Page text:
Along with IP addresses, the DoJ also removed unpublished drafts, images, HTTP requests, error logs and metadata from its search request. While the judge approved the amended warrant request, he also set up additional measures meant to protect innocent visitors to the website. The government will have to disclose the names of the officers who will sort through the data and it will also have to inform the court how it plans to minimize the data collected on innocent site visitors and share its method for going through the data. Further, the DoJ will have to give the court one set of data not covered by the warrant that will be sealed and not reviewed thereafter and a second set of data with the reasoning behind why it's evidence of a crime.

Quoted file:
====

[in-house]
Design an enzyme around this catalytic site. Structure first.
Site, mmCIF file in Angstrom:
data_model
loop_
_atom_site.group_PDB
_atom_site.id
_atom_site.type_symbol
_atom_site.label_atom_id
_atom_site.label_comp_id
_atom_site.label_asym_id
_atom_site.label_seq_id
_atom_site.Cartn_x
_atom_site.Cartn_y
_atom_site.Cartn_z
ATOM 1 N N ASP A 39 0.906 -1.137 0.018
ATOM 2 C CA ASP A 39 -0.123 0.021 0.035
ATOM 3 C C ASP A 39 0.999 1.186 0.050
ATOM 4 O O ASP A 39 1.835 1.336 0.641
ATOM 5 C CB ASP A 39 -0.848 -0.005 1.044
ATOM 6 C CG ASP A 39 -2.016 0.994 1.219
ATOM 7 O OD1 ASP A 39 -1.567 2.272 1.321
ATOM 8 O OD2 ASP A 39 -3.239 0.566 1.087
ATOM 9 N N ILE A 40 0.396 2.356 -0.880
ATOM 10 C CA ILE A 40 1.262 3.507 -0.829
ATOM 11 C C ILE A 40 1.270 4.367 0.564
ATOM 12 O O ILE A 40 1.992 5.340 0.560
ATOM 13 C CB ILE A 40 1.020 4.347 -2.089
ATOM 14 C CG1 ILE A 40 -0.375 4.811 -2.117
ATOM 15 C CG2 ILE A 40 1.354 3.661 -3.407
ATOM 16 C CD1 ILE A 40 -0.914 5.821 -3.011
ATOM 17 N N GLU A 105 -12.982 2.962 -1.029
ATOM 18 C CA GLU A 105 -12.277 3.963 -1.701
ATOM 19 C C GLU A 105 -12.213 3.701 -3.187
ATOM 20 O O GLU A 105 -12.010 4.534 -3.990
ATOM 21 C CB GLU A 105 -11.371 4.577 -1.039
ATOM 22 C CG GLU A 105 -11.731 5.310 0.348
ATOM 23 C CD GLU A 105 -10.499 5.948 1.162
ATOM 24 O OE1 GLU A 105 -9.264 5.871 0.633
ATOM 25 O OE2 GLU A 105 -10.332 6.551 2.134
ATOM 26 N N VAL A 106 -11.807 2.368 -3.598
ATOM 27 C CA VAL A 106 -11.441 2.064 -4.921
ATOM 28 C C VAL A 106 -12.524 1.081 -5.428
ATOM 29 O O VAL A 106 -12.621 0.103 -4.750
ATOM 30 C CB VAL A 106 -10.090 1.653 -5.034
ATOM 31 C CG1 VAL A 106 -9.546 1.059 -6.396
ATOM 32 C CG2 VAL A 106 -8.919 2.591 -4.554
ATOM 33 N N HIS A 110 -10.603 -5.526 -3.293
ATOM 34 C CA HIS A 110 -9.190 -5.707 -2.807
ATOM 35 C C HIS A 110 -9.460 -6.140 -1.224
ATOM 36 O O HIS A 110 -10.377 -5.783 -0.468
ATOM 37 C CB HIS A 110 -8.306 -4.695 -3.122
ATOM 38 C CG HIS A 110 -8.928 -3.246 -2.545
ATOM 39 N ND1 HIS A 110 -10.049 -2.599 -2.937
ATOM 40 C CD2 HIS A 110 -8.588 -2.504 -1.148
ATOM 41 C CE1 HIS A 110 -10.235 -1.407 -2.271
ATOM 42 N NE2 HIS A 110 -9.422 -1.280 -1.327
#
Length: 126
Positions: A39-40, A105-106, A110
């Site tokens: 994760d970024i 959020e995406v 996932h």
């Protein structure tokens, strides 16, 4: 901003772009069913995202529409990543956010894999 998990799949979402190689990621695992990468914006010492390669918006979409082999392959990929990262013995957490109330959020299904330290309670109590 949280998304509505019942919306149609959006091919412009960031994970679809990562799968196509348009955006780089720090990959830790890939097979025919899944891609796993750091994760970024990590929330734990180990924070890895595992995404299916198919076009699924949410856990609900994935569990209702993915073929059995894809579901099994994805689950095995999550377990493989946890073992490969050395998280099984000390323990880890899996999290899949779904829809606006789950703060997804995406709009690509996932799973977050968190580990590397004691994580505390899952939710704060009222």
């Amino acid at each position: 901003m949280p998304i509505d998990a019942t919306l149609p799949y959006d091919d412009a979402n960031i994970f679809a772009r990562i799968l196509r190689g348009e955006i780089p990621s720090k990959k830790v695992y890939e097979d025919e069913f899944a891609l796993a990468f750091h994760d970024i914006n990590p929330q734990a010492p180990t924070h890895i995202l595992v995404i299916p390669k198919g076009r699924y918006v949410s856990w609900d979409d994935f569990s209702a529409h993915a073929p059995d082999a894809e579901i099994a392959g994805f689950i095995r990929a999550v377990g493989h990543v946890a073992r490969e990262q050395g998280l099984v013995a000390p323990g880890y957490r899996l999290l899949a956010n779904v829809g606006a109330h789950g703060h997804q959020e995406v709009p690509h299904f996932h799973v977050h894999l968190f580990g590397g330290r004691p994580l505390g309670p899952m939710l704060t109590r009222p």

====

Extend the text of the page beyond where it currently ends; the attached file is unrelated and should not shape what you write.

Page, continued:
DreamHost has been instructed to begin handing over its data to the government starting immediately. However, if it decides to appeal the decision -- which it hasn't decided if it will or not -- then a stay will be ordered until the appeal process is completed. The government isn't supposed to begin reviewing the data until DreamHost makes a decision about whether it will appeal.
In a statement to Gizmodo, DreamHost said, "Given the extraordinary privacy and First Amendment issues raised by this case, the court has chosen to effectively shackle the Department of Justice in several key ways, all of which act to limit exposure of sensitive and private user information."